A friend of mine, a colleague and excellent photographer who happens to be a defense-of-marriage person posted a status update that erupted into a firestorm of comments on Facebook. His claim was that people like me are “intolerant” of his beliefs.
To those people, I might say disagreement is not intolerance. I’m not asking you to change your beliefs, I only hope that you be tolerant to others theirs. As for the bible, it says many things about marriage, some of which you’d be hard pressed to defend now. Some of “the other side,” you know, love us some scripture too.
But more interesting than that rehash would be the part I find fascinating. In the course of the comments he brought up an interesting case that apparently has been making the rounds:
A same sex couple in Albuquerque asked a photographer, Elaine Huguenin, to shoot their commitment ceremony. The photographer declined, saying her Christian beliefs prevented her from sanctioning same-sex unions. The couple sued, and the New Mexico Human Rights Commission found the photographer guilty of discrimination. It ordered her to pay the lesbian couple’s legal fees ($6,600). The photographer is appealing.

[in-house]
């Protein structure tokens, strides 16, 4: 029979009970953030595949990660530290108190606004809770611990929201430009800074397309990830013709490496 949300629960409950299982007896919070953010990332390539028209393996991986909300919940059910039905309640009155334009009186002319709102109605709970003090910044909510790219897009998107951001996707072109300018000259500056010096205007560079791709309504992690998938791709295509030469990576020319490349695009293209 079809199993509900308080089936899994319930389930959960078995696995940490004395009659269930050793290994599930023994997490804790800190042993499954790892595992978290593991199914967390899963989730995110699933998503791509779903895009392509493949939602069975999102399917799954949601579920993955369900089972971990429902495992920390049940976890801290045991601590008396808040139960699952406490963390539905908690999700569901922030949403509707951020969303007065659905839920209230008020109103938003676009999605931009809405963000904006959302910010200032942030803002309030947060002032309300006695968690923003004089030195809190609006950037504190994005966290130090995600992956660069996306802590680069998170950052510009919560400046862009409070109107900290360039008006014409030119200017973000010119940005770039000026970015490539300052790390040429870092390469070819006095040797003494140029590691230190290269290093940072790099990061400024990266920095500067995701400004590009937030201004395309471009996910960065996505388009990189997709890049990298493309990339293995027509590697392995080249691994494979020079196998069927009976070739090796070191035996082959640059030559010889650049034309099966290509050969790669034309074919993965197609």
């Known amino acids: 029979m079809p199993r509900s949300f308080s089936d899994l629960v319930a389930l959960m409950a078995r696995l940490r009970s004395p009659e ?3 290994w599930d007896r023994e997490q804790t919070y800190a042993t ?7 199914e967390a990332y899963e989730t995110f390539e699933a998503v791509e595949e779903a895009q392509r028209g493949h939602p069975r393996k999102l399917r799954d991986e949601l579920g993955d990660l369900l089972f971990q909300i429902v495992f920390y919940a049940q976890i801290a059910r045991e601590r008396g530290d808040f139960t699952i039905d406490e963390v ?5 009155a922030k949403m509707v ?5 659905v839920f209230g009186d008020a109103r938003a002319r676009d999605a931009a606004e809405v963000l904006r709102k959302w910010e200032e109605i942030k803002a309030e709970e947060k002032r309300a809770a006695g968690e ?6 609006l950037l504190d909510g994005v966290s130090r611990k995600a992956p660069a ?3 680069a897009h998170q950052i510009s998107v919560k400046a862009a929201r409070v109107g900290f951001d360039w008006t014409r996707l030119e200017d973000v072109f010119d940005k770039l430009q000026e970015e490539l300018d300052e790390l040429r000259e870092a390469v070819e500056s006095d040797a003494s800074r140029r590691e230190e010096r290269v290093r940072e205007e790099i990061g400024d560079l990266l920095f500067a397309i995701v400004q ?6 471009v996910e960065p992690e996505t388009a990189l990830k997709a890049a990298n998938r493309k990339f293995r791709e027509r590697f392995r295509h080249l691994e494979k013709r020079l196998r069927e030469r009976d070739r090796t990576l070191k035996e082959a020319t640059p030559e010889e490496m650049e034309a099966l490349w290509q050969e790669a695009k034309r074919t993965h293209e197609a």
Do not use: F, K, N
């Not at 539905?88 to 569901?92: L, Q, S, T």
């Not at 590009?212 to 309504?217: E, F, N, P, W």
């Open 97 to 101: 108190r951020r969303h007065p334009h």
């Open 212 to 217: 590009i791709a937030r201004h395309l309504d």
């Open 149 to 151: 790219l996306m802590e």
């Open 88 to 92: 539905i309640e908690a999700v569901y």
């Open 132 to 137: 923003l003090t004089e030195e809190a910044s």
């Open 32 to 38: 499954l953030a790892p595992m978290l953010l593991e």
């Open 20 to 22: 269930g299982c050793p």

Hmm, at first blush, I side with the photographer. But then a little thought breaks it all apart.
What if I take the same statement up above and replace “same sex couple” with “mixed race couple”? Well in that case, it’s clearly “stepping in it.” Oh, the hard bigotry I engaged in at first blush!
Not only that, the damages were just the legal fees.
The issue, of course, is as a photographer we understand that there is a first amendment right in this case. A photographer is an artist and should feel free to exercise their first amendment rights.
When it comes to understanding the issue at hand, I guess the biggest mistake was the e-mail trail that the photographer left. No doubt, we engage in soft bigotry all the time—God knows I have! My position though is best expressed by Photo Business News: “Yes, you’re a business.”
Still, I’ll be the first to admit, that it’s a tough pill for a religious social-conservative to swallow.
I understand. That doesn’t mean I agree.